• ScriptEngine
    • Usage: ScriptEngine.Initialize();
    • Description: Can be called to re-initialize the scripts, once IsRunning is set to true by the engine however, it is recommended to not re-initialize the engine as the compiled scripts and libraries are held in memory and can not be overwrote.
    • Usage: ScriptEngine.Compile();
    • Description: This is used to re-compile all of the scripts found within ScriptEngine.ScriptPath folder. Again, don't use this once IsRunning is set to true.
    • Usage: ScriptEngine.ScriptPath = "Scripts";
    • Description: This sets the location of where your scripts are stored so the compiler can get access to them. The server loads this value from settings.ini though, it is best to modify the settings file if you want a different directory.
    • Note The Script Engine contains several other properties and methods and I will cover those in a later document.

Game Information Settings
  • CompanyName
    • Usage: CompanyName = "My Company!";
    • Description: Lets you set the name of your company for this game.
  • Website
    • Usage: Website = "http://MudDesigner.Codeplex.com";
    • Description: Lets you set the website of your game.
  • GameTitle
    • Usage: GameTitle = "My MUD Game!";
    • Description: Assigns the name of your MUD Game.
  • Version
    • Usage: Version = "1.0";
    • Description: Lets you assign the version of your MUD. This is displayed during client connections.
  • InitialRealm
    • Usage: InitialRealm = new Realm();
    • Description: Allows you to reference either a new Realm, or a pre-existing Realm created elsewhere in other scripts. The InitialRealm.InitialZone.InitialRoom will be a new players starting point.
  • RealmCollection
    • Usage:
      foreach (Realm r in RealmCollection)
      {
          if (r.Name == "MyRealm")
          {
               DoSomething();
               break;
          }
      }
  
  • Description: RealmCollection is a collection of all the Games Realms. You can search every Realm, every Zone within that Realm or every Room within a Zone contained within a Realm.
  • PlayerCollection
    • usage: PlayerCollection = new BaseCharacter[MaximumPlayers];
    • Description: Creates a new array of players with the array size being set to the servers MaximumPlayers value. Creating the array Must happen within the Constructor if you need to do so, however the BaseCharacter array is automatically created within the engine for you. The only time you will need to re-reference the array is if you want to use a Player script created by you instead of the engines BaseCharacter Type.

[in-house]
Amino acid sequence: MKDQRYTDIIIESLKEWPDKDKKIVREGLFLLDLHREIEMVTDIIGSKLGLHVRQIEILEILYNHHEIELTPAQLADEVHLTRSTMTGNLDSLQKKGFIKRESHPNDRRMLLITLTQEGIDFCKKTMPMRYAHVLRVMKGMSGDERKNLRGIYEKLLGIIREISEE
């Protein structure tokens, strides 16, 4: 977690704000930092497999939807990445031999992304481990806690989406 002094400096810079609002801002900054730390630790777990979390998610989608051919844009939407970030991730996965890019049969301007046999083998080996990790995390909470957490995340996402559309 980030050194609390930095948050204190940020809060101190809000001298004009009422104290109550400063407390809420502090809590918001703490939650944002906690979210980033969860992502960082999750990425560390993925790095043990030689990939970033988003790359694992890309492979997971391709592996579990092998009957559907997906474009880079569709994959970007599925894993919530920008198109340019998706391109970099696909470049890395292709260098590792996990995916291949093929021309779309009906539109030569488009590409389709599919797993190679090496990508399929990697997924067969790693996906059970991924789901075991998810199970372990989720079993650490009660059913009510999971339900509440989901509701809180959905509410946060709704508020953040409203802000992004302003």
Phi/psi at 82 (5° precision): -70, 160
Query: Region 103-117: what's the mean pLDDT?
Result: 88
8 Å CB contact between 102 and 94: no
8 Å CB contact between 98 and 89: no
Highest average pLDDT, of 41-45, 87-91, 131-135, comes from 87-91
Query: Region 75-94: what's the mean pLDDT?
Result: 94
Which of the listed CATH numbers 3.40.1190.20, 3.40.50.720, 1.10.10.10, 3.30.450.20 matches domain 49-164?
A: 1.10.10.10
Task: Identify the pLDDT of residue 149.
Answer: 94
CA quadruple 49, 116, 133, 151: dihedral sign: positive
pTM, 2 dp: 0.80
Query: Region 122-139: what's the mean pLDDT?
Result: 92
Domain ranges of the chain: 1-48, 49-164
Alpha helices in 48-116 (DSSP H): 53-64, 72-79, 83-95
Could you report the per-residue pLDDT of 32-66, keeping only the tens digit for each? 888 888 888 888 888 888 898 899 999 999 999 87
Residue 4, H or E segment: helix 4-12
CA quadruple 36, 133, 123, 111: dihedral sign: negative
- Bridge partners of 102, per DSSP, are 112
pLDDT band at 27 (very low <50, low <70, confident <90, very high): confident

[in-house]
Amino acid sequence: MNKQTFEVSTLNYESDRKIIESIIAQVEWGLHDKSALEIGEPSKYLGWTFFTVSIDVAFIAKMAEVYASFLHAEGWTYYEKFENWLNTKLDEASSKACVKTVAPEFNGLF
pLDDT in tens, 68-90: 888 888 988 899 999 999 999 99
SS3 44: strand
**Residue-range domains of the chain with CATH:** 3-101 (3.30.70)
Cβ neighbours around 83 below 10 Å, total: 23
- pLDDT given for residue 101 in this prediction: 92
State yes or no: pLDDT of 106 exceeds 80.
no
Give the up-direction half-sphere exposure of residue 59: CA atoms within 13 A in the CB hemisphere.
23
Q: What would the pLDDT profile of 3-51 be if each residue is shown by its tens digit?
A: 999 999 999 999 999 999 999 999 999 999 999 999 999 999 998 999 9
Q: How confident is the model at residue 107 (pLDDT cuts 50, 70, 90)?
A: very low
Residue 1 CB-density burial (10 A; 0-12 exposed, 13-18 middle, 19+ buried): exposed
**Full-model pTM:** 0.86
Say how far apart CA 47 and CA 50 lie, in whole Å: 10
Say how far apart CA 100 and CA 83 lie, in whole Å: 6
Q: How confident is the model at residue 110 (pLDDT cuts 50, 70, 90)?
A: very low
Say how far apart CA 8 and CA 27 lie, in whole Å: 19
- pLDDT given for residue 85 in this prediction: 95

• Usage: PlayerCollection = new MyPlayer[MaximumPlayers];
    • Allows you to use a user created script that inherits from BaseCharacter.
  • MaximumPlayers
    • Usage: MaximumPlayers = 1000;
    • Description: Sets the maximum number of players to a number that you choose to support on your server.

Methods
  • World.AddRealm
    • Usage: World.AddRealm(MyRealm);
    • Description: Adds a user created realm to the game world. Note: This replaces the Alpha 1.1 Game.AddRealm(), now use Game.World.AddRealm

Putting it all together

You can write your MyGame script to look like this and have a customized game at your fingertips!
public class MyGame : Game
{
    public MyGame()
        : base()
 {
     GameTitle = "My very own MUD!";
     IsMultiplayer = true;

     CompanyName = "My Company!";
     Website = "Http://MudDesigner.Codeplex.com";
     Version = "1.0";
     MaximumPlayers = 5000;

     Realm myRealm = new Realm(this);

     World.AddRealm(myRealm);
 }
}


Just because we only showed how to modify the Game properties does not mean that you can't add your own! You can add your own properties and or methods to do what ever it is that you need done during the life of your game.

Note that creating Realms and other environments will be covered in a different document

That concludes this tutorial. Subscribe to it so that you can be informed of new additions to the property and method list as well as more information on building the Game class at a later date!

Last edited Aug 15, 2010 at 8:41 PM by Scionwest, version 12